Nevertheless, pumpkin spiced-everything is already in stores, so even if it feels like we’re about to attend a pool party, we can enjoy the tastes of autumn here.

Autumn is my favorite season, even though it is fleeting.  The period from Labor Day through Christmas is a blur of activity, with nary a weekend free for all the fall activities we see on television and in the movies.  Apple picking looks fun, but who has the time?

On the plus side, Halloween will be here soon.  It seems that folks have started decorating much earlier this year than usual—or have I missed something?  Some people had decorations up in August, which seems as blasphemous as hanging Christmas lights before Thanksgiving.

But I digress.  With that, here is 23 September 2022’s “TBT^2: The Joy of Autumn“:

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Lazy Sunday CLXIII: More Movies, Part XXVII: Ponty’s Worst Films, Part III

We’re nearing the end of this long retrospective of mine and Ponty’s lists of the ten worst films, and back to Ponty this week.  His excoriation of Elf (2003) nearly landed me in hot water with my girlfriend’s family, who thought I wrote the review!  Here is what I did write about Elf:

Elf is one of those movies I’ve never seen in its entirety, but I know about all-too-well [sic].  It seems that every girl I’ve ever met loves this movie, but not just with some yuletide enthusiasm; they act like it’s the greatest Christmas film ever made.

Well, it turns out I was right; my girlfriend, her sisters, and her mom were none-too-pleased (is “none-too-pleased” another [sic]-able abuse of hyphens?)!  They acted as though I’d blasphemed Jesus (or that Ponty did).

Well, blogging is all about churning up some controversy, right?  I imagine they’d be a bit more amenable to Ponty’s next three picks (although Titanic might bring about more howls of female outrage—I’ll report back in a week, if I’m still alive after they read this preamble!):

We’ll look at my #4-#2 picks next Sunday, then close out with our #1 picks in the final Lazy Sunday post in the series.

Stay tuned—and Happy Sunday!

—TPP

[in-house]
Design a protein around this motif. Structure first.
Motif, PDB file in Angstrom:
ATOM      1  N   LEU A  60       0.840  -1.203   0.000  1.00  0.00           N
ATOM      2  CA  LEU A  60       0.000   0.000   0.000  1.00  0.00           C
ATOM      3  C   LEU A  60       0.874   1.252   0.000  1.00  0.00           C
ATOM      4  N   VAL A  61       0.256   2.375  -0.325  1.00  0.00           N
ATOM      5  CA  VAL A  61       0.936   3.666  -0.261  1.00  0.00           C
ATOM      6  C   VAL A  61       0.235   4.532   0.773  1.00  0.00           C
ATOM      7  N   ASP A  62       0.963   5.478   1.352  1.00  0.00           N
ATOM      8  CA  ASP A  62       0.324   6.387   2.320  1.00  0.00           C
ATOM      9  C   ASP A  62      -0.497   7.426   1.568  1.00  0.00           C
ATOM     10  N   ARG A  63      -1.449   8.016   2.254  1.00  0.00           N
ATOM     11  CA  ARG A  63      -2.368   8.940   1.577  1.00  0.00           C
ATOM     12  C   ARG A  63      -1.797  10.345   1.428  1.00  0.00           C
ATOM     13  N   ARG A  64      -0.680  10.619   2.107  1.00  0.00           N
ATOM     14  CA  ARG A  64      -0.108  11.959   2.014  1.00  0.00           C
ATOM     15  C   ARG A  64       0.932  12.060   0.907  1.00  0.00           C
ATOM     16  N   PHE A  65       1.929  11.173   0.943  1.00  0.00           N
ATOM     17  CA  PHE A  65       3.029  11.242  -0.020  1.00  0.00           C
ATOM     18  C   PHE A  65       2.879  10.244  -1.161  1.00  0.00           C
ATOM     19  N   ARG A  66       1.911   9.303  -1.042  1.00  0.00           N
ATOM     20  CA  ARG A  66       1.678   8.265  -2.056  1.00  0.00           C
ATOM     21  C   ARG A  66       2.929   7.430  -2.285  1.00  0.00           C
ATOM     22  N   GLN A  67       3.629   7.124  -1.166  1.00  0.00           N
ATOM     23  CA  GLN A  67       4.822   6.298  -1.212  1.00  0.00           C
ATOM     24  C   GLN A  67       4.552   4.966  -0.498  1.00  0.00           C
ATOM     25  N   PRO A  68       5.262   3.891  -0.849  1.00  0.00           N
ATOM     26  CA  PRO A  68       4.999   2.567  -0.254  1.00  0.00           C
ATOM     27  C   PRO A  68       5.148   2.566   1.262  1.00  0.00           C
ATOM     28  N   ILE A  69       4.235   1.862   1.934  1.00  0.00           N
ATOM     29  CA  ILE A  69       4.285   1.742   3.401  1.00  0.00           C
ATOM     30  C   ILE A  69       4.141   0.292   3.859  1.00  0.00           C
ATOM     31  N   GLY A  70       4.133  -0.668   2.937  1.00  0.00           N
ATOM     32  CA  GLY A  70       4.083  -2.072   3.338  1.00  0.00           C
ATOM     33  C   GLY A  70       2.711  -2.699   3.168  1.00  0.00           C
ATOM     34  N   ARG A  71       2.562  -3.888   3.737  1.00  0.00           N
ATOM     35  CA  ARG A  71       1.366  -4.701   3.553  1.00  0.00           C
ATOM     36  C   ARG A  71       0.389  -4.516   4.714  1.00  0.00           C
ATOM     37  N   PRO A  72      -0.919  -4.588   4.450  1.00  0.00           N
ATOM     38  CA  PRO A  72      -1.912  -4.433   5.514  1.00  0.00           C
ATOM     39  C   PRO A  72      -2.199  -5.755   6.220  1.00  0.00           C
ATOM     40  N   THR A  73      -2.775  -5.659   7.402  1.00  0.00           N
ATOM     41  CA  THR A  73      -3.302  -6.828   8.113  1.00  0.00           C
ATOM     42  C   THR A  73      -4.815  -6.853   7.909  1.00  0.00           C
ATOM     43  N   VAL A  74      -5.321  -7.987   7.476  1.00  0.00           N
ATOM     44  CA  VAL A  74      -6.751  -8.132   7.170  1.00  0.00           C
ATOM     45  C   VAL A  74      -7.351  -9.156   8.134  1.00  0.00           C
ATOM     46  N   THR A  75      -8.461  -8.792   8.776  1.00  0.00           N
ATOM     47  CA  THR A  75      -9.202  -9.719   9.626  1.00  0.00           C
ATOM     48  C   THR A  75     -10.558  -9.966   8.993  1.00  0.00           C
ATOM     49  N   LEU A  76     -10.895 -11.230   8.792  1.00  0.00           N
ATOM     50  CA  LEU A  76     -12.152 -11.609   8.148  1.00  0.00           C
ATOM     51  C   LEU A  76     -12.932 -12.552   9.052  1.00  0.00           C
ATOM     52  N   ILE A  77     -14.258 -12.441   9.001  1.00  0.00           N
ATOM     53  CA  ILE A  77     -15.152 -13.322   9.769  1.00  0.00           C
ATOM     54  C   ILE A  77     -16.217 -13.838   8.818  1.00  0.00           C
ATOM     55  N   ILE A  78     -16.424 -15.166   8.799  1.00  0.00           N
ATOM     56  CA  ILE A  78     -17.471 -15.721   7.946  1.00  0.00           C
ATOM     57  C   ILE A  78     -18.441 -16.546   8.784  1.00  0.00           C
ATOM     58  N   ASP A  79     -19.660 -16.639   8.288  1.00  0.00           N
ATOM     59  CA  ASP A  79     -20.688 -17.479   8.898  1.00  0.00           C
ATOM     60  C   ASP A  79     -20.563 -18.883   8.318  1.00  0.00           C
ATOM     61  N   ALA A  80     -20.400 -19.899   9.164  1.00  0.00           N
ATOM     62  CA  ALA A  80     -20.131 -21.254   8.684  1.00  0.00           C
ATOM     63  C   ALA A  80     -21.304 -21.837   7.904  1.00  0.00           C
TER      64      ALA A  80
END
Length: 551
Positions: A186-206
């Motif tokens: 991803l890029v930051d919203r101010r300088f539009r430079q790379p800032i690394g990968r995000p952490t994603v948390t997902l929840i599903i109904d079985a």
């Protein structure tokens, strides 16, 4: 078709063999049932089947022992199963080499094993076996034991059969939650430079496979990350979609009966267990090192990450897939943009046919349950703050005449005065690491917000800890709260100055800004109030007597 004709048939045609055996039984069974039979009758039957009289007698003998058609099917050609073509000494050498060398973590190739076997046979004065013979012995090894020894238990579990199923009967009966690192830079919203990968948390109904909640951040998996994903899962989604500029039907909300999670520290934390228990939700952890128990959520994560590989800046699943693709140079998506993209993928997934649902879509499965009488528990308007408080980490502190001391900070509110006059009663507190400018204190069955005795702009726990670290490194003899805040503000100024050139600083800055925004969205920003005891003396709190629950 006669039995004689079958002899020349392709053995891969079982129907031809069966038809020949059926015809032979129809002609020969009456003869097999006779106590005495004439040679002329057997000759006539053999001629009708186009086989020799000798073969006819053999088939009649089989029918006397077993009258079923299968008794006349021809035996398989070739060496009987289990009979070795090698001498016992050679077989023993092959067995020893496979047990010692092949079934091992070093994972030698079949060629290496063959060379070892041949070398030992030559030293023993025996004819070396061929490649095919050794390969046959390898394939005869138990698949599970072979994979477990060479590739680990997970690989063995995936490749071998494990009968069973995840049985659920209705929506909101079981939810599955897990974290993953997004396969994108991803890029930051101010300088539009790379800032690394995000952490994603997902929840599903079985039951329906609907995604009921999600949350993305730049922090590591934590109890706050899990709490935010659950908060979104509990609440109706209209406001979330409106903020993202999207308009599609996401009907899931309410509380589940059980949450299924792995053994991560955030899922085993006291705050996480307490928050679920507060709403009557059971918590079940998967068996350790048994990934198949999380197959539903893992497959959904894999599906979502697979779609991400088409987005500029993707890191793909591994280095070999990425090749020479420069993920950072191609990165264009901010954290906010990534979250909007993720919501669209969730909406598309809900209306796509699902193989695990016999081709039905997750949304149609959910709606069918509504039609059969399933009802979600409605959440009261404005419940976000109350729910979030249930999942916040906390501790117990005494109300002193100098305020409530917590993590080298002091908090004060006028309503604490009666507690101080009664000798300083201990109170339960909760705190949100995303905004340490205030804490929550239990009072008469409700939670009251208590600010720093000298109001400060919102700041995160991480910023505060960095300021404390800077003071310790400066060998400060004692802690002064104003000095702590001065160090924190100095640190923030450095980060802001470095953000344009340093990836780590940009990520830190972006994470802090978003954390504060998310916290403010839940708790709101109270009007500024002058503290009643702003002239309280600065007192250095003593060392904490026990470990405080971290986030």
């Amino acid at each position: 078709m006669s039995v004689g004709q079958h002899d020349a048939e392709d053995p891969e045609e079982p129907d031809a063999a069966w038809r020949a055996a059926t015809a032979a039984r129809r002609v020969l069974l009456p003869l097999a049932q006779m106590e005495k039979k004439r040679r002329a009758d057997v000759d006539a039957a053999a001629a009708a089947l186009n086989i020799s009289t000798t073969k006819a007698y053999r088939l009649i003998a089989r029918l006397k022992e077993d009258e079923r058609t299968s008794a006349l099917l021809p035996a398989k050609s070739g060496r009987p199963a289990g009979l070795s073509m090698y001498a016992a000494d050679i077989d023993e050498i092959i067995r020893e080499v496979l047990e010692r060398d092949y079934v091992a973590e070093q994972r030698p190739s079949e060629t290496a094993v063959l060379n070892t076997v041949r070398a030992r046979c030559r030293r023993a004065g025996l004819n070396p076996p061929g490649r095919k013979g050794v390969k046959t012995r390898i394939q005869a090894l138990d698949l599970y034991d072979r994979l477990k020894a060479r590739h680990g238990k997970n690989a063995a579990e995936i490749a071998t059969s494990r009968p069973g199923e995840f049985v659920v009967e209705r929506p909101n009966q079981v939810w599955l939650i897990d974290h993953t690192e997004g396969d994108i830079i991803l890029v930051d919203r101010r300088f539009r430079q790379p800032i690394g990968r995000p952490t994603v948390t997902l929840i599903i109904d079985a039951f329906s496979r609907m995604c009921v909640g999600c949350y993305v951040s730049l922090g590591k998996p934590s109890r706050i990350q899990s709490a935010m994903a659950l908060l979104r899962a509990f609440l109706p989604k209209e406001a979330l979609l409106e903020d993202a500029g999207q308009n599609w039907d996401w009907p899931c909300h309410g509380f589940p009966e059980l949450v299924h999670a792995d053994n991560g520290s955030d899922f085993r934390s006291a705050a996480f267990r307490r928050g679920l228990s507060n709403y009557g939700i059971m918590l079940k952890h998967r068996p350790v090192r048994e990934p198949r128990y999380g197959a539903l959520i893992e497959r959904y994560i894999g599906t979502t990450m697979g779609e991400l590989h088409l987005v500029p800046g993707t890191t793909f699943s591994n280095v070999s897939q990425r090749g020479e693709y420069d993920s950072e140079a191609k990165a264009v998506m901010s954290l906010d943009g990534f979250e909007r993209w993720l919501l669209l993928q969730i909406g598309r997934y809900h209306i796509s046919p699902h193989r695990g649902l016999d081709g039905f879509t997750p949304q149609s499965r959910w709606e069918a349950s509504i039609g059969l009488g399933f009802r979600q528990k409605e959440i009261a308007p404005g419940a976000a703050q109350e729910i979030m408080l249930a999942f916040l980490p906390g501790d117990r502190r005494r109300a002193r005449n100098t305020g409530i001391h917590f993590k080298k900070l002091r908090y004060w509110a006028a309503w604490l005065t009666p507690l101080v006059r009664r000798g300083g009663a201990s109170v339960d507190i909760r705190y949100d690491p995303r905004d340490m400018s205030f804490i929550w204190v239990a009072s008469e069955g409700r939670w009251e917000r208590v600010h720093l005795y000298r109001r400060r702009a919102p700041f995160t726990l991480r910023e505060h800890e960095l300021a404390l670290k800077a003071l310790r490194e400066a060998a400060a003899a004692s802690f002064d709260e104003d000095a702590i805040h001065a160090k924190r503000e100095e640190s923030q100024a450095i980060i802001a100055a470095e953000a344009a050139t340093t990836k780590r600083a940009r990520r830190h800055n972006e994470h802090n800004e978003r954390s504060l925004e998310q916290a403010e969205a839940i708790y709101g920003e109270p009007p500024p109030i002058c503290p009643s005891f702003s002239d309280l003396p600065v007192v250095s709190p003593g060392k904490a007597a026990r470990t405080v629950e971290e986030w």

Other Lazy Sunday Installments:

TBT: The Frisson of the Night

The night has always been a time of excitement, a time when—as I wrote a year ago—music “lives.”  There’s something exhilarating and fun about the night, which is why I chose the word “frisson” to convey the tantalizing possibilities of the night.

I’m more of a morning person these days, rising early, well before the dawn.  Well, isn’t that just another way of saying “the late, late night”?  There’s not much exciting happening at 5 AM (other than reading the Bible and talking to God), but it’s still pretty dark out.  Try waking up then and you’ll see!

Still, there is a real appeal to the night.  I’m at my most alert and mentally focused in the morning and—you guessed it—at night.  Afternoons would be naptime for yours portly, if I had my druthers—and a schedule that permitted it.

Regardless, night is when everything interesting happens.  It’s the time when things go bump.  It’s probably when Bigfoot comes out to play, too.

With that, here is 15 September 2021’s “The Frisson of the Night“:

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Lazy Sunday CLXII: More Movies, Part XXV: Portly’s Worst Films, Part II

As Ponty and I are digging into what we consider to be the best films off all time, I’m continuing looking back at our major blogging project for most of 2022:  our lists of the Top Ten Worst Films.  Here’s are my next three picks from that long list:

Happy Sunday!

—TPP

Other Lazy Sunday Installments:

Phone it in Friday XXIV: A Fresh Corporate History International Sighting with KitKat Bars

For the first time since 20 December 2020, musician, actor, and writer Frederick Ingram has posted to his niche blog, Corporate History International (with the great, if somewhat cumbersome, URL of https://corporatehistory.international).  It’s a short piece about the KitKat Bar, that delicious, wafery little delight with the memorable jingle: